Your use of the word “constantly” overstates the case. I would argue that the majority of pastors don’t misuse their positions in this way. But the fact is that while most don’t, many will. Even if they are the minority, there are still too many of them. But isn’t that the way it is in any area? Don’t many business leaders misuse their power? Politicians? Teachers? Police?

    Organized religion doesn’t cause these things. But damaged and evil people do sometimes enter into organized religion. We cannot be immune. If we were…if every Christian church never had a scandal or taint and all was perfect…again, it would be clear that God MUST exist, because how else could that happen. Also, it would mean that God wasn’t allowing free will to exist, becuase he would have to be pulling all the strings, altering behavior and preventing bad people from entering into the churches. Do we want a puppetmaster? I don’t.


    I don’t know what motivated the ancient Hebrews to fall by the wayside. Except that out of sight is out of mind. When God wasn’t obviously in their presence, I think they thought he wasn’t watching. Or they doubted He was all-powerful. And so they turned to other gods they thought might give them what THEY wanted, instead of what HE or SHE wanted for them.

    Again, short of God never leaving our sight and essentially waggling his finger at us constantly, we are not, as humans, going to be perfectly obedient.

  4. February 5, 2009 at 5:53 am

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  5. February 5, 2009 at 12:48 pm

    If Pastors are just like the rest of us, then how come St. Paul writings are considered infallible? Isnt he human just like the pastors?

  6. 6 Deacon Blue
    February 5, 2009 at 2:50 pm

    First off, what’s “infallible?” I don’t think his letters are necessarily 100% infalliable nor do they need to be.

    I don’t think Paul is infallible in all matters; and he certainly was human. He mentions in various places that some of what he writes is his personal opinion and not doctrine.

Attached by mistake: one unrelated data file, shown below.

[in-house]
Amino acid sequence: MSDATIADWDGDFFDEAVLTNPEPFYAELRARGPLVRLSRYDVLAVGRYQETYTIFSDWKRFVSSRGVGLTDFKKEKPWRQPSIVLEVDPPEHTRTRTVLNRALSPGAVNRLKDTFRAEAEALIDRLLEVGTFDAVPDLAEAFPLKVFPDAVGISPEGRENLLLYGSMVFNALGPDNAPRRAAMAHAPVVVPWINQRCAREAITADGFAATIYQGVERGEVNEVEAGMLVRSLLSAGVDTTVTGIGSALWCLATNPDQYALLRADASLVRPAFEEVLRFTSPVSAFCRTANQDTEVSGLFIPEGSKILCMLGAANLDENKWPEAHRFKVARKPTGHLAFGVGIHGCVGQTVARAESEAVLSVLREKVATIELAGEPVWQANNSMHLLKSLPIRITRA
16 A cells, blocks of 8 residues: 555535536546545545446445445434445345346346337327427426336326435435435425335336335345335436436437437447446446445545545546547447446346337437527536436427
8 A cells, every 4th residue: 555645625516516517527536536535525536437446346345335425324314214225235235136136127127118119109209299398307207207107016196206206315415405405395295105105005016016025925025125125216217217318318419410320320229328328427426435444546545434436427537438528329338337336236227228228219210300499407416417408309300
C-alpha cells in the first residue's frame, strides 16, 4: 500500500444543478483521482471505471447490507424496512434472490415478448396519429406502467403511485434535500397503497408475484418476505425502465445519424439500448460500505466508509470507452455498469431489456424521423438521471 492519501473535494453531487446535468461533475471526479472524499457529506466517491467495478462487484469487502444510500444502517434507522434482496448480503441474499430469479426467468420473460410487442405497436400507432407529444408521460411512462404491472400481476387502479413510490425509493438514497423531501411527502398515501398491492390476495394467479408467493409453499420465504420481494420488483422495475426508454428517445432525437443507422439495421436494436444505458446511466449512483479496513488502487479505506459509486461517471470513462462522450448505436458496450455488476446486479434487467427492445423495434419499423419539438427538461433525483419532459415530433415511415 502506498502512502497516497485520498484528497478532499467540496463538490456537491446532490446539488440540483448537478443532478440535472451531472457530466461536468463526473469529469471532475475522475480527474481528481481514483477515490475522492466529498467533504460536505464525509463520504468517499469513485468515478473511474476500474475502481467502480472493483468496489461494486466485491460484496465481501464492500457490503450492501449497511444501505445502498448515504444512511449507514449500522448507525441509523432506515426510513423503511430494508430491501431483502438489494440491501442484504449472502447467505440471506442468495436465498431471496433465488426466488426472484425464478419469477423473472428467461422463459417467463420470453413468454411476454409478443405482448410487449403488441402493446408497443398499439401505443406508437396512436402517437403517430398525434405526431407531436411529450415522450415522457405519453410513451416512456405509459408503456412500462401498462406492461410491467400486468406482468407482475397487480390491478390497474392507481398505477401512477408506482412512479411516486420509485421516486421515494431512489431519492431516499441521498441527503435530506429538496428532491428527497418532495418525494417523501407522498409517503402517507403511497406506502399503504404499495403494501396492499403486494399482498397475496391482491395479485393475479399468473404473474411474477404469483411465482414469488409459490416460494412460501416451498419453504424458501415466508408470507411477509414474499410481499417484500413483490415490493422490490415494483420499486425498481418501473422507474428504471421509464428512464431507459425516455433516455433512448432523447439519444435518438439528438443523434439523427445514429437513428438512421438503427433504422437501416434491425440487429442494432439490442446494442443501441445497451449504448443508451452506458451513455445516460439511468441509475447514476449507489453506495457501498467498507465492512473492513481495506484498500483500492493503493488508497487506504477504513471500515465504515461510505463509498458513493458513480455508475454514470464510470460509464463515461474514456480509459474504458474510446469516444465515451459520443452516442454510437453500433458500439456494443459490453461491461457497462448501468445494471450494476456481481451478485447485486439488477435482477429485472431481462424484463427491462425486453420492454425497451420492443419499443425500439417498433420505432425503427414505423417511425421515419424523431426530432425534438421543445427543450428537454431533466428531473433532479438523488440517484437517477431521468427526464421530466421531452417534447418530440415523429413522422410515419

Second, he was writing doctrinal stuff. Presumably, much of it was under the power of the Holy Spirit and via the teachings of Jesus, and so theoretically is from God and reflective of God’s will. But even if it wasn’t…he was one of the early church leaders, and his teachings were largely accepted as sound. So, even if it WASN’T driven by God, it will still be the legitimate foundational teachings for Christianity. Get my drift? Even you reject the divine inspiration, it would be like someone seeing up a business or non profit and writing down the mission statement, official policies, etc. The person may be flawed, but that doesn’t make the rules any less official or make following them any less important.

  7. 7 thewordofme
    February 5, 2009 at 10:49 pm

    Hi Deacon, thanks for taking the time and writing a good answer to my questions.

    Worry not about trying to convince me of the existence of a God. I am collecting information, words, thoughts, ideas, and opinions about religion in general and Christianity in particular. I love to read your blogs as you have a unique slant on life.

    From what I read and from those I talk with, or correspond with, I would think that manner of observance or how you perceived God and Jesus was very important. After all perception of Jesus was what got some Arians killed in early Christianity.

    Do Catholics think that Protestants will go to Hell, and vice-versa?

    I know some Baptists who think some Protestant sects, and all Catholics, will go straight to Hell.

    There are sects out there that don’t believe in the Trinity, as well as sects that don’t believe in a Hell. What’s up with that? Seems to me these are Big Points in Christianity.

    Of course there are those sects that believe that all sickness is cured by prayer and consequently kill their children by neglect in using real medicine. Is their religion so important that society should not interfere in how they raise their children? Is their practice of this particular form of religion protected by God?

    As to how God could make Christianity more clear today…I don’t really know. Perhaps something (long ago) inserted in the Bible that modern people could easily see or understand. Perhaps by adopting a new group of people in today’s world. Since the Jews are on His s__t-list, maybe He could adopt the Spanish Reformed Episcopal’s-or some such group-that He feels is most representative of how He wants to be worshiped. That would at least tell the world that there actually is a way He prefers His worship and will accept.

    If the method of worship used doesn’t matter than why is there so much killing going on about it?